13. In coming to a decision on this matter, the Commissioner considered all of the relevant submissions, or parts of submissions, made to her by both Mr Nugent and the Council. She is satisfied that no matter of relevance has been overlooked.

Section 38(1)(b) - Personal Information

14. Section 38(1)(b) of FOISA, read in conjunction with section 38(2)(a)(i) or (2)(b) (as appropriate) exempts personal data if its disclosure to a member of the public, otherwise than under FOISA, would contravene any of the data protection principles.

15. The Council submitted that the withheld information was personal data for the purposes of the DPA and that its disclosure would contravene the first data protection principle. It therefore argued that the information was exempt under section 38(1)(b) of FOISA.

16. In considering the application of this exemption, the Commissioner will first consider whether the information in question is personal data as defined in section 1(1) of the DPA. If it is, she will go on to consider whether disclosure of the information would breach the first data protection principle, as claimed.

17. It must be borne in mind that this particular exemption is an absolute exemption. This means that it is not subject to the public interest test contained in section 2(1)(b) of FOISA.

Is the information under consideration personal data?

18. "Personal data" are defined in section 1(1) of the DPA as "data which relate to a living individual who can be identified from those data, or from those data and other information which is in the possession of, or is likely to come into the possession of, the data controller, and includes any expression of opinion about the individual and any indication of the intentions of the data controller or any other person in respect of the individual."

19. The Council commented that Mr Nugent had requested the name and job title of an individual Council officer (the data subject). It submitted that in its opinion the data subject's name was data coming within the definition of "personal data" in terms of the DPA, relating to a living individual who could be identified from those data. It further submitted that the data subject's job title was unique within the department and therefore disclosing the job title would distinguish that individual from other members of the group in which they worked. As such, the Council submitted that both the name and job title were the personal data of the data subject.

20. The Commissioner has considered the submissions received from the Council and has taken cognisance of the (UK) Information Commissioner's Guidance, "Determining what is personal data"[1]. Bearing in mind that Mr Nugent's request relates to information concerning a specific individual, and the unique post held by that individual, she is satisfied that the information relates to that living individual, who can be identified from the information. The information is biographical in relation to, and focuses on, the individual Council officer. It is therefore that individual's personal data, as defined by section 1(1) of the DPA.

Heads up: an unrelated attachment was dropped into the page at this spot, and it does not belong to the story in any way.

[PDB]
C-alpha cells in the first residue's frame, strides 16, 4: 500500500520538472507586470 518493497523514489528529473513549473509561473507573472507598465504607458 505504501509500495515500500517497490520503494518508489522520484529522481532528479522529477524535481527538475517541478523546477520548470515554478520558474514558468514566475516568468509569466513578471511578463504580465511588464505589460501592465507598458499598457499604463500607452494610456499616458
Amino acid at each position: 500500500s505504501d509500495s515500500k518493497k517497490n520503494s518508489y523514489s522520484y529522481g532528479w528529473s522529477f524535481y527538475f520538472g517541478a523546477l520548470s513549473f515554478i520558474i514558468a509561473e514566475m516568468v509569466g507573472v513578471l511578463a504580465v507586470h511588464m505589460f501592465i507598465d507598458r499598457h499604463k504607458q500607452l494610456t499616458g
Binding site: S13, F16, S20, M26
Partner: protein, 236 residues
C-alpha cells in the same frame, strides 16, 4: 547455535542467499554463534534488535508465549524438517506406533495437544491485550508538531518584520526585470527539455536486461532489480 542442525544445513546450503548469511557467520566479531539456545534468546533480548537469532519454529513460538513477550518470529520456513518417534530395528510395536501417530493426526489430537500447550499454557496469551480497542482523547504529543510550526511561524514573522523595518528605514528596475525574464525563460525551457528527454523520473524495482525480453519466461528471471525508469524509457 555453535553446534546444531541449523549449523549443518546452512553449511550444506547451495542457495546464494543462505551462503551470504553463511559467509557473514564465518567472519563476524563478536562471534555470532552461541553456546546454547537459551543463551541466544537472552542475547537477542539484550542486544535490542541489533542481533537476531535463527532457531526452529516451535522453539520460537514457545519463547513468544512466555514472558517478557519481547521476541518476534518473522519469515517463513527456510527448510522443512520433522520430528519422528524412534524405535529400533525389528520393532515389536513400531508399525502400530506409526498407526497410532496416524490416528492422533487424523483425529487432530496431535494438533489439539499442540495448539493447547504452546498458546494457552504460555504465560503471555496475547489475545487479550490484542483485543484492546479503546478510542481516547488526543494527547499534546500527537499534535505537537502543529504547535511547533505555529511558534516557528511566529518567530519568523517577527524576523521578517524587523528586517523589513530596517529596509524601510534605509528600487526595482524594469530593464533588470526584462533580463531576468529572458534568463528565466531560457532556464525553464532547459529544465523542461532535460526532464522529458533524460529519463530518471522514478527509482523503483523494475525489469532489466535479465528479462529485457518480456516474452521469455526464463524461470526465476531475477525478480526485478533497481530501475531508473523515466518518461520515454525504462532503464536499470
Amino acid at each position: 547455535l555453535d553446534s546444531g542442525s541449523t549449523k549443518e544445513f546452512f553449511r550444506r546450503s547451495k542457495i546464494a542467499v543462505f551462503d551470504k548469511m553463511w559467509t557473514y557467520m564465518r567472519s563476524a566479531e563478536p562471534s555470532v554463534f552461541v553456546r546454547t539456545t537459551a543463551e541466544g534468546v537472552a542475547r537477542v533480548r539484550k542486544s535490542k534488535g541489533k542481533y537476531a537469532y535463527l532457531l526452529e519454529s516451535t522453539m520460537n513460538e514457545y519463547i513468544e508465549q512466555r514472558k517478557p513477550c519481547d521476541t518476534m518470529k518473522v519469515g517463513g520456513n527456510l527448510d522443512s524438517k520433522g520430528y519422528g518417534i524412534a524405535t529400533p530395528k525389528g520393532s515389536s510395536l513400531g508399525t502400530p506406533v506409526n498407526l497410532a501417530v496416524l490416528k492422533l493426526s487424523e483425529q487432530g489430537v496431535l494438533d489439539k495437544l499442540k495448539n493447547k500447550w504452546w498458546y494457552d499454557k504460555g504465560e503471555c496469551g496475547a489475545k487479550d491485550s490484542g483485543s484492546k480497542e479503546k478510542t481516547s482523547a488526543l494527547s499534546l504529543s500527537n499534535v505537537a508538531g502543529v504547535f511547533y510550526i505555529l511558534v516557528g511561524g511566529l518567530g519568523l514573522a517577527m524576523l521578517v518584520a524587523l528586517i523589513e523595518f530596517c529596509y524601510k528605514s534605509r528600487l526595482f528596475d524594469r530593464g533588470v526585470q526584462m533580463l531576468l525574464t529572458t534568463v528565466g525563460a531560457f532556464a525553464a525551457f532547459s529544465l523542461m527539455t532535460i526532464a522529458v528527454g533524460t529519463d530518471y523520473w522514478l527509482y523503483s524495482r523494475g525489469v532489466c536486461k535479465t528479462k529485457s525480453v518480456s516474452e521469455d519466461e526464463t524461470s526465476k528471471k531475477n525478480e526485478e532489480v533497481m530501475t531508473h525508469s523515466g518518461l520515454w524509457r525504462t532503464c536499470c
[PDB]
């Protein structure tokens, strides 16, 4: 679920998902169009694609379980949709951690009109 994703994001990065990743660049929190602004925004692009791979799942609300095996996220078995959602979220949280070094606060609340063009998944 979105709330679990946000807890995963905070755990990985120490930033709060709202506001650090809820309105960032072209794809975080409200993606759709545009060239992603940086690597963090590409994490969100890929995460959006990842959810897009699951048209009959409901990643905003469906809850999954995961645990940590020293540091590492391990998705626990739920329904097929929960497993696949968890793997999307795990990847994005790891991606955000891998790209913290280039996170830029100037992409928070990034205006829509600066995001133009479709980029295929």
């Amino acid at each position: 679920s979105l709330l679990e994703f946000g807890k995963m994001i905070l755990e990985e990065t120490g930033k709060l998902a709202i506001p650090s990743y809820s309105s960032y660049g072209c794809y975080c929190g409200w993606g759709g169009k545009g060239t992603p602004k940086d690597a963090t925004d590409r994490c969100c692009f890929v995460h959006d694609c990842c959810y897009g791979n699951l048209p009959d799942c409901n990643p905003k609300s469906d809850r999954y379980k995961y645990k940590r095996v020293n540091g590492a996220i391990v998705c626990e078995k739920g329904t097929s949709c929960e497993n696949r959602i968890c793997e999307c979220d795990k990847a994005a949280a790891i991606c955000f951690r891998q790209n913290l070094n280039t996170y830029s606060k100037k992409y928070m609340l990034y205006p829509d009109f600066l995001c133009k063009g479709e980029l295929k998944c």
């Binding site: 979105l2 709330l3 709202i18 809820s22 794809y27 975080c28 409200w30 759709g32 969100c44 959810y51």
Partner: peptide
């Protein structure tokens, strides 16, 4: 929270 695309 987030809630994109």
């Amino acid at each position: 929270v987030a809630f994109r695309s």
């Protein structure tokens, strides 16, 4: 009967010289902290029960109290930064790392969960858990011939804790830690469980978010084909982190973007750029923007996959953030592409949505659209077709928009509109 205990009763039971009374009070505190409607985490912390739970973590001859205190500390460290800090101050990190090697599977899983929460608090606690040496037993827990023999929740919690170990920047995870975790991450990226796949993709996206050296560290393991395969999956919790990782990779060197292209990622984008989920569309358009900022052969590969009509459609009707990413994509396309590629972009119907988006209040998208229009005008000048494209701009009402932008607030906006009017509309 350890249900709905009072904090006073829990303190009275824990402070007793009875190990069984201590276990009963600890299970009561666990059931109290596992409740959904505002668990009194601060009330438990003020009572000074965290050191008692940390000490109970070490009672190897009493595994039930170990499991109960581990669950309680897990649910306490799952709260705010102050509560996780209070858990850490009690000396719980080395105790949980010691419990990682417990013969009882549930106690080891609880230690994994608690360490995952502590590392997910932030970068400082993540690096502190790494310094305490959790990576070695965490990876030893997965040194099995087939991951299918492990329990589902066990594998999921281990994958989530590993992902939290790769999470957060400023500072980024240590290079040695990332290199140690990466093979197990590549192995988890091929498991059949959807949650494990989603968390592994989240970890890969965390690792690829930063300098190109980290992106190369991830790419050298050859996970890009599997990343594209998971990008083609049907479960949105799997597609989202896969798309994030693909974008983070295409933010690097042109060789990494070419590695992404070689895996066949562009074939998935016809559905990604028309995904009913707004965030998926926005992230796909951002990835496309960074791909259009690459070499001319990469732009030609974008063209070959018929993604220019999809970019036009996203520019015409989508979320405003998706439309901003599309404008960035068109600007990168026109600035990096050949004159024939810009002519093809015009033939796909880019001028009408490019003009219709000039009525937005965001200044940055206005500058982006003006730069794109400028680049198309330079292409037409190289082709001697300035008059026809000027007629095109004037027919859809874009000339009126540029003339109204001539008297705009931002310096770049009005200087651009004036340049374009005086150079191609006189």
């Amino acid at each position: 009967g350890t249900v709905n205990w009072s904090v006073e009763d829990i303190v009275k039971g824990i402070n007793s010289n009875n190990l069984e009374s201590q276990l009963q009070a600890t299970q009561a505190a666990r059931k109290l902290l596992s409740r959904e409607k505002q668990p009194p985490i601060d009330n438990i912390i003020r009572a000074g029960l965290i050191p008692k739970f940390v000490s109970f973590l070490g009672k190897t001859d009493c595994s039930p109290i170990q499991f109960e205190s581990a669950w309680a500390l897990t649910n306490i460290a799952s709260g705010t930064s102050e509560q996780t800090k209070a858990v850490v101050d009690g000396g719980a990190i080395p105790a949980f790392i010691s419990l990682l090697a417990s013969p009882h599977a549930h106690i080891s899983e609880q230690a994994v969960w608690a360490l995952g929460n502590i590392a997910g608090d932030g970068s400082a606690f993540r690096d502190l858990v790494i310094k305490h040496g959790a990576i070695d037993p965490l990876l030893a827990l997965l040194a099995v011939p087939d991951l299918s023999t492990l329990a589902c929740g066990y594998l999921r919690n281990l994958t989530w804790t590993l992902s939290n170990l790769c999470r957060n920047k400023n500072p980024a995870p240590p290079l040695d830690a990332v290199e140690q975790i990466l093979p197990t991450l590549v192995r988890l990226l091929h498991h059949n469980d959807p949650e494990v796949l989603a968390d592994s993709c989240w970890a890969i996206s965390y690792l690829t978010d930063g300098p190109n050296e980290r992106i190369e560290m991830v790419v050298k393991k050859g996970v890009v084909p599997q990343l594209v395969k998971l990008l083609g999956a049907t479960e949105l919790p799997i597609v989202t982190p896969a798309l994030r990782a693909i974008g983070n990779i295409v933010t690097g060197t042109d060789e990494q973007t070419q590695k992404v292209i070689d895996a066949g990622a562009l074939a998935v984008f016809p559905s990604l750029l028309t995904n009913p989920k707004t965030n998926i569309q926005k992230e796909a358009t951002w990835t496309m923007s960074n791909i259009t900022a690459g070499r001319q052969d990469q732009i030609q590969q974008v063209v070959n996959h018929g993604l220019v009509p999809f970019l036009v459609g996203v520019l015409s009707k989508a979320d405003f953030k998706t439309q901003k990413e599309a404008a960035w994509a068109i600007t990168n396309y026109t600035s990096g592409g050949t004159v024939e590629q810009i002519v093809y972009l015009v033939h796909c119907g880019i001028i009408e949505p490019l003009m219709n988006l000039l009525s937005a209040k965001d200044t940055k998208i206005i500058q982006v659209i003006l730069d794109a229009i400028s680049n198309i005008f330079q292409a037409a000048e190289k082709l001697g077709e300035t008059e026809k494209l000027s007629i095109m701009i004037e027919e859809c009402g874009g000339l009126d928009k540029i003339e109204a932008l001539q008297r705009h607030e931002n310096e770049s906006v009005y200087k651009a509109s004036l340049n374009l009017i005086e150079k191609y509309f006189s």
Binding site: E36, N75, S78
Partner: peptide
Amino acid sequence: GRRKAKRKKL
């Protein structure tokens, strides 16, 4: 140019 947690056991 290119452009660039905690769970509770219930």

21. The Commissioner does not consider it would be possible to provide the post held by the individual without the individual concerned being identified.

Would disclosure breach the first data protection principle?

22. The first data protection principle states that personal data shall be processed fairly and lawfully. The processing in this case would be disclosure of the information into the public domain, in response to Mr Nugent's request. The first principle also states that personal data shall not be processed unless at least one of the conditions in Schedule 2 to the DPA is met. If the personal data are also sensitive personal data, at least one of the conditions in Schedule 3 must be met in addition: the Commissioner has considered the definition of sensitive personal data in section 2 of the DPA and is satisfied that this does not apply to the withheld information.

23. There are three separate aspects to the first data protection principle: (i) fairness, (ii) lawfulness and (iii) the conditions in the schedules. These three aspects are interlinked. For example, if there is a specific condition in Schedule 2 which permits the personal data to be disclosed, it is likely that the disclosure will also be fair and lawful.

Can any of the conditions in Schedule 2 be met?

24. Condition 1 in Schedule 2 provides that personal data may be processed if the data subject has given consent to the processing. In its submissions to the Commissioner, the Council confirmed that the data subject had been consulted at the time of the initial request, at the review stage and following Mr Nugent's application to the Commissioner. The data subject declined to give consent, so the Commissioner accepts that condition 1 cannot be met in this case.

25. In his submissions to the Commissioner, Mr Nugent provided a number of reasons why he believed the information should be disclosed. He referred to condition 5(a) in Schedule 2, which allows personal data to be processed if the process is necessary for the administration of justice. He made a number of comments regarding the veracity of the statements made by the individual concerned and their impact on his case, and submitted that he was legitimately entitled to the information in order that justice could be administered.